Lee Trevino was the defending champion when he arrived at Muirfield to play in the 1972 Open Championship. The charismatic Mexican had won both The Open and the US Open in 1971 but any thoughts that he might be installed as favourite for the 101st playing of the world’s oldest golf championship had been dispelled by the form Jack Nicklaus had displayed at the start of 1972 season.
The Golden Bear had won both The Masters and the US Open earlier that year so when he arrived in the East Coast of Scotland a full week ahead of the Championship he was immediately installed as a 9 to 4 favourite to complete the third leg of the Grand Slam and to emulate the same feat Ben Hogan had accomplished 19 years before.
There was much talk of Nicklaus completing all four legs of the Grand Slam that summer and his supporters became even more vocal when their hero carded rounds of 70 and 72 to tie Gary Player, Johnny Miller, Peter Townsend, Peter Tupling and Doug Sanders just one shot behind leaders Trevino and Tony Jacklin at the halfway stage.
Miller had scored a brilliant course record 66 in the second round but the following day it was Trevino who supplied the fireworks as Nicklaus continued to play conservative golf on the course where he had won his first Open title some six years before.
Trevino was to match Miller’s record 66 that afternoon with an inward half of 30 that was constructed with scores of 444, 333, 243 and was highlighted by an outrageous piece of fortune on the par-3 16th hole where he thinned a shot out of a greenside bunker only to see it hit halfway up the flagstick and cannon into the hole.
The golfer himself admitted that astonishing piece of luck saved him two or three shots and he was to cap his round by holing a chip from off the back of the 18th green to take a one shot lead over playing partner Tony Jacklin on 207. Under the circumstance’s the Englishman’s 67 was a remarkable effort although he was finally to wilt the following day when Trevino canned another chip from off the green on the 71st hole. On that occasion, the shot was thinned again and it knocked the stuffing out of Jacklin. He took four strokes to get down from just off the edge of the green to drop into third place on 280 and was never a serious contender in a Major again.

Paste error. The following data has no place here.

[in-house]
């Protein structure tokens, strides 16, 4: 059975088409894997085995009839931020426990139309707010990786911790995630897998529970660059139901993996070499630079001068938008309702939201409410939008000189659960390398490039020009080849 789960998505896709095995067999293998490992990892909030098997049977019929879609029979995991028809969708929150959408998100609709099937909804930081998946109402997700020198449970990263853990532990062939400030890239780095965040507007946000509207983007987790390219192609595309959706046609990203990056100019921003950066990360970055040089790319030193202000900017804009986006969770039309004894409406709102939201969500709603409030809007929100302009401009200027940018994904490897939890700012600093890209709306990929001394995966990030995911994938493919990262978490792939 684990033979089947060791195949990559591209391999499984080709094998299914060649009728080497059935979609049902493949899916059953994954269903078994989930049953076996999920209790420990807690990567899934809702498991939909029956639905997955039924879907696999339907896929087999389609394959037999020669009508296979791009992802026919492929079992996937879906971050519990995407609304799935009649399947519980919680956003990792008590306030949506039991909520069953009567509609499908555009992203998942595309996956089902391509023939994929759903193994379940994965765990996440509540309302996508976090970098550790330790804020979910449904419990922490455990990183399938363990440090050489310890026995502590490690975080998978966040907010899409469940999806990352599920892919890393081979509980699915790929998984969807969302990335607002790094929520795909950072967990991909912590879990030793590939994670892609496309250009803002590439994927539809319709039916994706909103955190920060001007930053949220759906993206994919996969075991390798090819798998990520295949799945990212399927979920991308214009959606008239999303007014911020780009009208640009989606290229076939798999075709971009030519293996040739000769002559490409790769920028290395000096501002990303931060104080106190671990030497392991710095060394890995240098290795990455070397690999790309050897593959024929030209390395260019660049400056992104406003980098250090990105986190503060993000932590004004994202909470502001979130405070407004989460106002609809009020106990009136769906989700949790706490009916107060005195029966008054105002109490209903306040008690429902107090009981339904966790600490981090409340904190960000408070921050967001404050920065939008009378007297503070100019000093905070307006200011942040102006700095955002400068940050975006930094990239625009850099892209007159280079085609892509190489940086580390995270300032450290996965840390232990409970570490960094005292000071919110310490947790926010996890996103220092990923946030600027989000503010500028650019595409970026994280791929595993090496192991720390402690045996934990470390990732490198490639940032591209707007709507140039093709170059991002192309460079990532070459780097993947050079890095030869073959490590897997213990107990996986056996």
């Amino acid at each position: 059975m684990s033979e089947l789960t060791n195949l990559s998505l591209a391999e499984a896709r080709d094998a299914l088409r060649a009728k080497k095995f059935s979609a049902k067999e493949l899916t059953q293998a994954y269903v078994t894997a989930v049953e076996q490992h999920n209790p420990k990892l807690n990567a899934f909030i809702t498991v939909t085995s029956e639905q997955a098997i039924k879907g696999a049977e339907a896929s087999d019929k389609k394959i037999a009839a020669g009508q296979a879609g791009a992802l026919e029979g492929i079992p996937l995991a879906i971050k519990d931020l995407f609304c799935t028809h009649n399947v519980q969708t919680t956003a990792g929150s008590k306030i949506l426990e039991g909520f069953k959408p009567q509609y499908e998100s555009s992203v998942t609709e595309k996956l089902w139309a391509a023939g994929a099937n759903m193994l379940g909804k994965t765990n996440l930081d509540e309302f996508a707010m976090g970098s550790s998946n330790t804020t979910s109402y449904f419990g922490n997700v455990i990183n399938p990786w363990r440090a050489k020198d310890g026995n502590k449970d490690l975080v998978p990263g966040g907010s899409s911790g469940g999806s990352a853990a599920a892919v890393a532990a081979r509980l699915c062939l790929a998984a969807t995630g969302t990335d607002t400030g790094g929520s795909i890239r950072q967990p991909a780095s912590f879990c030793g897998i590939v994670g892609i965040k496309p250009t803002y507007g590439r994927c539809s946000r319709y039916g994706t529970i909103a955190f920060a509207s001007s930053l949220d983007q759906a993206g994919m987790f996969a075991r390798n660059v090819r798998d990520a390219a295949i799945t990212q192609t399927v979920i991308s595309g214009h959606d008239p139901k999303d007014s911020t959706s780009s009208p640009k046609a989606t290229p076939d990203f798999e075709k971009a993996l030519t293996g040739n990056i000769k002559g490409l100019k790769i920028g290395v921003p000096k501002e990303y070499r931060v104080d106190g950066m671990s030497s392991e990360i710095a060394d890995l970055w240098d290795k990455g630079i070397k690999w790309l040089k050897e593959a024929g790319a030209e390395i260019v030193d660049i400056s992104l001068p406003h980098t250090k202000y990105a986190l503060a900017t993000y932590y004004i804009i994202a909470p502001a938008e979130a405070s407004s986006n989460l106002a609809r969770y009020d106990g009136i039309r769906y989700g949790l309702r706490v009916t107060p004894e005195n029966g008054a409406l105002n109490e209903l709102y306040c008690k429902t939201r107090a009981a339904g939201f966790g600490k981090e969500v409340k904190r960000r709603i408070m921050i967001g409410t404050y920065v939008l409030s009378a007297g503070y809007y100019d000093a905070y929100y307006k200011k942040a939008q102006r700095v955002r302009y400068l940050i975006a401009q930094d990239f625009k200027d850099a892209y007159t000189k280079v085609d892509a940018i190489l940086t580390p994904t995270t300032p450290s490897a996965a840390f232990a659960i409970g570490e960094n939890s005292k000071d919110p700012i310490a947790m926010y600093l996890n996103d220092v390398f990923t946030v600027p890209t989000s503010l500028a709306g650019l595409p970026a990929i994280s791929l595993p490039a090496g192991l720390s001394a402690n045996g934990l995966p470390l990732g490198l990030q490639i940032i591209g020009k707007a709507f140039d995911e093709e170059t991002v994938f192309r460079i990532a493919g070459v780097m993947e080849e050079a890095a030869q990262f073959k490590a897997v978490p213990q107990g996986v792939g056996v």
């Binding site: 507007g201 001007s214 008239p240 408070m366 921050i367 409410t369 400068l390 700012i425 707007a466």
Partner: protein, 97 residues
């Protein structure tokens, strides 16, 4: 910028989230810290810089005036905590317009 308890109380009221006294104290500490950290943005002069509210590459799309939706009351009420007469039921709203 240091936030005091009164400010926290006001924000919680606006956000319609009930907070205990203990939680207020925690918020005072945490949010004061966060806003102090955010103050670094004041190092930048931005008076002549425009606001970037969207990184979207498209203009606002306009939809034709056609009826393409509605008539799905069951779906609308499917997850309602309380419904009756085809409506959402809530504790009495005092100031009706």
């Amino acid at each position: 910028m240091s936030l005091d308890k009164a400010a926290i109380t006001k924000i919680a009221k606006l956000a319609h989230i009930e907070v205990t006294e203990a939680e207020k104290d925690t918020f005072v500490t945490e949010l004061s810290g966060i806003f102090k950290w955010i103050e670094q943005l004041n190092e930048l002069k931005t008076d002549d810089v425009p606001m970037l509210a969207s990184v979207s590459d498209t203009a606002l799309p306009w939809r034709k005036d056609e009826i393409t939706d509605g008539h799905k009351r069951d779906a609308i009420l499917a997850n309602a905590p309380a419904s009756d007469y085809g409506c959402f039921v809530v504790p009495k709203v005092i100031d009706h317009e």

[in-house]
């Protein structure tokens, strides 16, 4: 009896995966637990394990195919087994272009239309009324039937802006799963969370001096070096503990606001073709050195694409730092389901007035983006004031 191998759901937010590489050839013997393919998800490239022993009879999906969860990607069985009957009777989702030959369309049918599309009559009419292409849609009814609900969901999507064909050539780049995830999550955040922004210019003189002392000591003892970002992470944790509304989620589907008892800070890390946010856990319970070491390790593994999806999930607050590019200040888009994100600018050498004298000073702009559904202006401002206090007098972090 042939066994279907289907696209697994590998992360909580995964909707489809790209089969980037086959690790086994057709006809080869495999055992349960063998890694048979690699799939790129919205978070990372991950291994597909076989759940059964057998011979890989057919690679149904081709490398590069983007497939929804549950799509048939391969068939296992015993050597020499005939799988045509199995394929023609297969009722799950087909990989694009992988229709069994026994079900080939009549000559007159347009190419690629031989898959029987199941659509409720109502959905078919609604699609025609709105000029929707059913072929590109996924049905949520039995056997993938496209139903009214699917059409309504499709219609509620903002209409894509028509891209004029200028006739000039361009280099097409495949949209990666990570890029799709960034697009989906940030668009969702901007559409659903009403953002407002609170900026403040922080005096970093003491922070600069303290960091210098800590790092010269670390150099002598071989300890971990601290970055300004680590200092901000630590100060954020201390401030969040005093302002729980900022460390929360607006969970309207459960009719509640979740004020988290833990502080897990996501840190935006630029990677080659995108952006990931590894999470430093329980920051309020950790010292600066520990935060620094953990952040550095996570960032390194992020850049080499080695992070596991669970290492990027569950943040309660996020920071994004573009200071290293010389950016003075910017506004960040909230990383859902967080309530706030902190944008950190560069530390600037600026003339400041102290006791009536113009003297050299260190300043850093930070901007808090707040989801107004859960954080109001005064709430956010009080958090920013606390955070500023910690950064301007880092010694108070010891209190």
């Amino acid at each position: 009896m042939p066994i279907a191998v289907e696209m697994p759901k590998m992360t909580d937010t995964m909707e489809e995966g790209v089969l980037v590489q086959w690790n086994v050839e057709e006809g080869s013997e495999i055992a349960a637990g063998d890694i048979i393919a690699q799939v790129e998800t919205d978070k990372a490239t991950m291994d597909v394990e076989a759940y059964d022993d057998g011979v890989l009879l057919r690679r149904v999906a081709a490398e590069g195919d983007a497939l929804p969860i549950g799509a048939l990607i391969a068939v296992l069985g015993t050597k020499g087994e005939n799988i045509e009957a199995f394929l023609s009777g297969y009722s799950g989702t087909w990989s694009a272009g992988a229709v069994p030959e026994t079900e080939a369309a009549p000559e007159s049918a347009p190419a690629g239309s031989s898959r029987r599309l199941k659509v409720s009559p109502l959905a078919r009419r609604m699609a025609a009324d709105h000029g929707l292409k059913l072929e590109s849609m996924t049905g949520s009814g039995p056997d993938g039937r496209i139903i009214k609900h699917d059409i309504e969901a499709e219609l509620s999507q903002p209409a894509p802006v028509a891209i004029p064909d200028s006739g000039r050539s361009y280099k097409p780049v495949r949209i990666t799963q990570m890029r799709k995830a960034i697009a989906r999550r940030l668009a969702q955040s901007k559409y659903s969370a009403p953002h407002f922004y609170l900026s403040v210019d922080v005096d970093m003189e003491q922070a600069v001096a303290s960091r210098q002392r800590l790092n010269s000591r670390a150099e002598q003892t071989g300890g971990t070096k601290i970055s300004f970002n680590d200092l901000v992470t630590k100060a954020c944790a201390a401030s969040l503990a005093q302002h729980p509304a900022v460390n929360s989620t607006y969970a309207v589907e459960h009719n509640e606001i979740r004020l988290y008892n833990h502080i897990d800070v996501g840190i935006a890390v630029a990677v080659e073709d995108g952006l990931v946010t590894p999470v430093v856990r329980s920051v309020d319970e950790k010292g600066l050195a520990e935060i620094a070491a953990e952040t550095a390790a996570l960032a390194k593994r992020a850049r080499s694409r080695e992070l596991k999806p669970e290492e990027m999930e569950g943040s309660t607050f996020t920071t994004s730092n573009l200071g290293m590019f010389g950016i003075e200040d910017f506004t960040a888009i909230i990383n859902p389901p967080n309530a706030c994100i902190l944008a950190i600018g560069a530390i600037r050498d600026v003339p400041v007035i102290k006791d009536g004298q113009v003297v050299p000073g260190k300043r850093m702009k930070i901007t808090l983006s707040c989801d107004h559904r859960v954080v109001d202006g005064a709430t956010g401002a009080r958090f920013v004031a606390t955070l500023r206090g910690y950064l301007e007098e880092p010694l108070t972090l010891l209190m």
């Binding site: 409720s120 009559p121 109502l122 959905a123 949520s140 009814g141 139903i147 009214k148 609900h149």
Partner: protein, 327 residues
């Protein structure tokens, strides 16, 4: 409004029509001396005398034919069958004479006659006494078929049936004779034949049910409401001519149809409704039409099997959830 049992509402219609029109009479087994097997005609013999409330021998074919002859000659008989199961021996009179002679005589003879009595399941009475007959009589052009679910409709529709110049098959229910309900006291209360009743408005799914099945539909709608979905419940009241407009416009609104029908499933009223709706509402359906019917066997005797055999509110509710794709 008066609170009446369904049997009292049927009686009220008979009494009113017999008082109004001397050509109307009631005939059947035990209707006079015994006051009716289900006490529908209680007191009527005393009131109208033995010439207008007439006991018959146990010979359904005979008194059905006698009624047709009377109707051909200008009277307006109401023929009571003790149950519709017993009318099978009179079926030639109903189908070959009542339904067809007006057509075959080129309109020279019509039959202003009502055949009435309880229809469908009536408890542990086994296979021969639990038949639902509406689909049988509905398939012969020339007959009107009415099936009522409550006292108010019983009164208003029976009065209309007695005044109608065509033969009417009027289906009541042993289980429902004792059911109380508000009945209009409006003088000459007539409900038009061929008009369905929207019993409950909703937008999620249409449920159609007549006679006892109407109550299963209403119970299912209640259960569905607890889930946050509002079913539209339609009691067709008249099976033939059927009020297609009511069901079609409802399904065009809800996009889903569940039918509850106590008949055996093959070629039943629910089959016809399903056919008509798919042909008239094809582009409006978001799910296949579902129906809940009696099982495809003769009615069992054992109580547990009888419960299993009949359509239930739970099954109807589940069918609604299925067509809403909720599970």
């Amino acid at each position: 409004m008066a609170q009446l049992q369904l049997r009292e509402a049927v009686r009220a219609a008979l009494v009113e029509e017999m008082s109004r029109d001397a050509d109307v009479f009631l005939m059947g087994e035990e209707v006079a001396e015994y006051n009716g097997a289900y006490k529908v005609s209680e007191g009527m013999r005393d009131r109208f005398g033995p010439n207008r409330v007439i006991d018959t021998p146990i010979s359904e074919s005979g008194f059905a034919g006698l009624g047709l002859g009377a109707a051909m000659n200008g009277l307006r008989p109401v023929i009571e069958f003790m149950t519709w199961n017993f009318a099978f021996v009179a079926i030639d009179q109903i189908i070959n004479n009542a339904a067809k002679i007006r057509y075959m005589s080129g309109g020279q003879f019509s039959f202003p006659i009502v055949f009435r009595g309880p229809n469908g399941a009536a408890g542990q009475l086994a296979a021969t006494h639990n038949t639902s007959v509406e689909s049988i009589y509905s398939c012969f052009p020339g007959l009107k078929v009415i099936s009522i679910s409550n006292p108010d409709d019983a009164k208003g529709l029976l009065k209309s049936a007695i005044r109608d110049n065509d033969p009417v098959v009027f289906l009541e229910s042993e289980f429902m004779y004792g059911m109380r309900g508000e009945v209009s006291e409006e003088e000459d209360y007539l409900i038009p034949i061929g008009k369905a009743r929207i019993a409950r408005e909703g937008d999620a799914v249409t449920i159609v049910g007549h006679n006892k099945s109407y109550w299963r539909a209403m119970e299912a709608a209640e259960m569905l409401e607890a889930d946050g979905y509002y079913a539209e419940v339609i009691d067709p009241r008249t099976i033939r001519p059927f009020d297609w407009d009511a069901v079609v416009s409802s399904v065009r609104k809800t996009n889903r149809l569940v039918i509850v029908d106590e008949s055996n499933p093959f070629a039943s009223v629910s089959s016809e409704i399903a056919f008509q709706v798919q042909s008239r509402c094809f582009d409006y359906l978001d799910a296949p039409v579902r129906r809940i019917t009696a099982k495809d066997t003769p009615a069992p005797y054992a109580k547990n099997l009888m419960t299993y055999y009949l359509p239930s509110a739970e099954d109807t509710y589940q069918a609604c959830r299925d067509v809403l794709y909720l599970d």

Earlier this season Jacklin admitted his loss to Trevino had inflicted lasting damage.
“I haven’t been to Muirfield for a long time but you don’t have to remind me what happened there. I remember every shot,” he told Golf World magazine. “It was one of the most amazing chipping performances I have ever seen and obviously I was up against it. A couple of them were absolute flukes. Something happened to me that week. I don’t know what it was but it broke my spirit in the Major Championships and changed my outlook to some degree.”
Meanwhile, Nicklaus had carded a somewhat lacklustre 71 to stand six strokes behind Trevino with 18 holes to go but you do not go on to win a total of 18 Majors without a fierce competitive spirit and six birdies in his opening 11 holes the following day gave him the lead. “Look at that,” Trevino said to Jacklin. “Jack’s gone crazy. We’re out here beating each other to death and that son of a gun has caught and passed us.”
What followed was a catalogue of missed chances as far as Nicklaus was concerned. He had birdie opportunities on the 12th, 13th, 14th and 15th but spilled them all and when Trevino birdied the 11th and Jacklin did the same on the 14th there was a three way tie for the lead.
Nicklaus dropped his only shot of the day when he missed the green on the par-3 16th and then failed to get a birdie on the par-5 17th but with the benefit of hindsight it was Trevino’s outrageous holed pitch for a five on the 17th that sealed his second successive Open title and ended his rival’s hopes of completing the Grand Slam.
No further miracles were required. Trevino split the fairway on the 18th hole, fired his approach to ten feet and then calmly two-putted to claim a one shot victory on 279.
After collecting a first place cheque for £5,500, and alluding to his good fortune by suggesting “God was a Mexican”, he launched into a heart-felt tribute to the man who he had just consigned to second place.
“I hope Jack wins the PGA,” he said. “Then I’ll be remembered as the man who stopped the Grand Slam.
“It’s possible to beat Jack but nobody is in his class.”